The Occupational Safety and Health Administration (“OSHA”) just warned employers that it will take note of worksites that electronically report their 2017 OSHA 300A information after the July 1, 2018 deadline. The agency offered this caveat for unwary employers:
Employers can continue to electronically report their Calendar Year (CY) 2017 Form 300A data to OSHA, but submissions after July 1, 2018 will be flagged as "Late".
The 2017 OSHA 300A data is required to be submitted by July 1, 2018. This requirement stems from a new rule (effective January 1, 2017) that requires certain employers to electronically submit injury and illness information —including that found on the OSHA Form 300A Summary of Work-Related Injuries and Illnesses and OSHA Form 300 Log of Work-Related Injuries and Illnesses—directly to OSHA over the next several years. Under the rule, employers were required to submit their OSHA 300A forms for 2016 to OSHA by December 15, 2017, although OSHA accepted submissions until December 31, 2017. OSHA is not currently enforcing the rule’s provisions relating to OSHA 300 log and 301 form information.
Who is Required to Report the 300A Information?
OSHA’s website provides a helpful list of categories of employers that are not required to electronically provide the requested data. Specifically, the following worksites are not subject to the reporting requirement:
Only a small fraction of establishments are required to electronically submit their Form 300A data to OSHA. Establishments that meet any of the following criteria DO NOT have to send their information to [OSHA]. Remember, these criteria apply at the establishment level, not to the firm as a whole.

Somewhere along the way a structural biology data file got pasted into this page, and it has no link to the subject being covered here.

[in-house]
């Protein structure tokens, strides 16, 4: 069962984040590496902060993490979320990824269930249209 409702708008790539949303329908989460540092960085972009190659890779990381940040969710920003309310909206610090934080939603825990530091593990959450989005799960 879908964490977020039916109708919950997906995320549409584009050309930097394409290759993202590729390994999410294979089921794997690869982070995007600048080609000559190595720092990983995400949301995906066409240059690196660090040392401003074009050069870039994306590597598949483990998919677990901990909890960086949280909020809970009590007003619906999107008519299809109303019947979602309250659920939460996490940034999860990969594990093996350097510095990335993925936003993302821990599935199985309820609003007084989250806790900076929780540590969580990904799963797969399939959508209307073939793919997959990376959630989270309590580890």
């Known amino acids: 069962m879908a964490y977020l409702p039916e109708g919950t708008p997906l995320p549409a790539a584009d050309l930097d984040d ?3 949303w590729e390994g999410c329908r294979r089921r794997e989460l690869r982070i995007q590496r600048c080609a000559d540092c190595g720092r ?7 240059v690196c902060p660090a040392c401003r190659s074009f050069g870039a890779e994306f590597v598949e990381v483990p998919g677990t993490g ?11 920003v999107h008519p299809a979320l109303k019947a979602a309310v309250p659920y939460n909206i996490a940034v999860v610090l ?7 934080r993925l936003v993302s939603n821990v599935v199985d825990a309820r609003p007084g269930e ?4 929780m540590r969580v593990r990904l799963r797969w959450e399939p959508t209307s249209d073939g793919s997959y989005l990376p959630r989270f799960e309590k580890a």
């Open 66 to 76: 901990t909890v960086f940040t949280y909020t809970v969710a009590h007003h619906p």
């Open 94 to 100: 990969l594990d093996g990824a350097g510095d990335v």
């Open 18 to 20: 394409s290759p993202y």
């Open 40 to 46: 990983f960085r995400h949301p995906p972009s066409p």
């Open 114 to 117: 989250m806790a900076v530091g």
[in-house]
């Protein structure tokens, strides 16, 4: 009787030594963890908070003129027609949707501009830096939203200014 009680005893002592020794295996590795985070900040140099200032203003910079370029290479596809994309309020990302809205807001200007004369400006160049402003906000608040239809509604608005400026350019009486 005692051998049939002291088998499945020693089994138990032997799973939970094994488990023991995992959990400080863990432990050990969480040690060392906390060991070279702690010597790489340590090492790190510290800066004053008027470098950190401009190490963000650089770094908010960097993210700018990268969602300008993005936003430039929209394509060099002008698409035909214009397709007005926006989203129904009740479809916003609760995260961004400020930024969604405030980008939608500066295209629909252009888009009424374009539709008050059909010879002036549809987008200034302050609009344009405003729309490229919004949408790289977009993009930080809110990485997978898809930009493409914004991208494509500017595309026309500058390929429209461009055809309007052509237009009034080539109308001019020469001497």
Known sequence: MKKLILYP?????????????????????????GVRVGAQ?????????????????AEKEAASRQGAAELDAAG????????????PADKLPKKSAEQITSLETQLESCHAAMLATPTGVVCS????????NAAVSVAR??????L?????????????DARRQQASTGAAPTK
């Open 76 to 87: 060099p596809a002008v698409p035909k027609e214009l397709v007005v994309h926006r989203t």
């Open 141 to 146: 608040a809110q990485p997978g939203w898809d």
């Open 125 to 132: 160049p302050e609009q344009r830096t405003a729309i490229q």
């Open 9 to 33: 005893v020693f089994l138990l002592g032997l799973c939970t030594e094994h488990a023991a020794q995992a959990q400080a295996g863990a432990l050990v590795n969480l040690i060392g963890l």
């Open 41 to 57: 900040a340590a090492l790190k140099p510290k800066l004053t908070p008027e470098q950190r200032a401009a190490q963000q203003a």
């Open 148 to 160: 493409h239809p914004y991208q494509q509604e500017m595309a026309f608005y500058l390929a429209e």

- The establishment's peak employment during the previous calendar year was 19 or fewer, regardless of the establishment's industry.
- The establishment's industry is on this list, regardless of the size of the establishment.
- The establishment had a peak employment between 20 and 249 employees during the previous calendar year AND the establishment's industry is not on this list
What Does OSHA Mean by “Flagged”?
OSHA’s use of “flagged” to describe how it will mark late reports is unusual and its intent in that using that phrase is unclear. As a preliminary matter, it would virtually impossible for the agency to know and identify every establishment in the country where reporting is required. How would OSHA know specifically how many employees worked at the site, on average, during the last calendar year (e.g., it doesn’t have access to OSHA 300 log information)? What if your establishment wasn’t required to report?
Further, OSHA likely would not have the time or resources to conduct inspections at every location that reported late. The recent (2015) adoption of the amputation and in-patient hospitalization rule (among others) has shown that OSHA is overwhelmed by employer referral inspections.
Rather, if the agency becomes aware of an establishment’s non-compliance, OSHA may send a letter asking the employer to comply timely with the rule in the future. If it fails to do so, OSHA may conduct an inspection and possibly issue citations. OSHA, of course, will likely also continue to ask for verification of electronic reporting when conducting an inspection unrelated to that particular violation.
OSHA’s use of “flagging” appears to be a rare, publically-distributed warning signal to employers that file the required information late. However, the warning appears to have little teeth, as OSHA’s resources are stretched and the agency likely won’t initiate inspections based on the failure to timely report alone. We will keep you posted on any developments.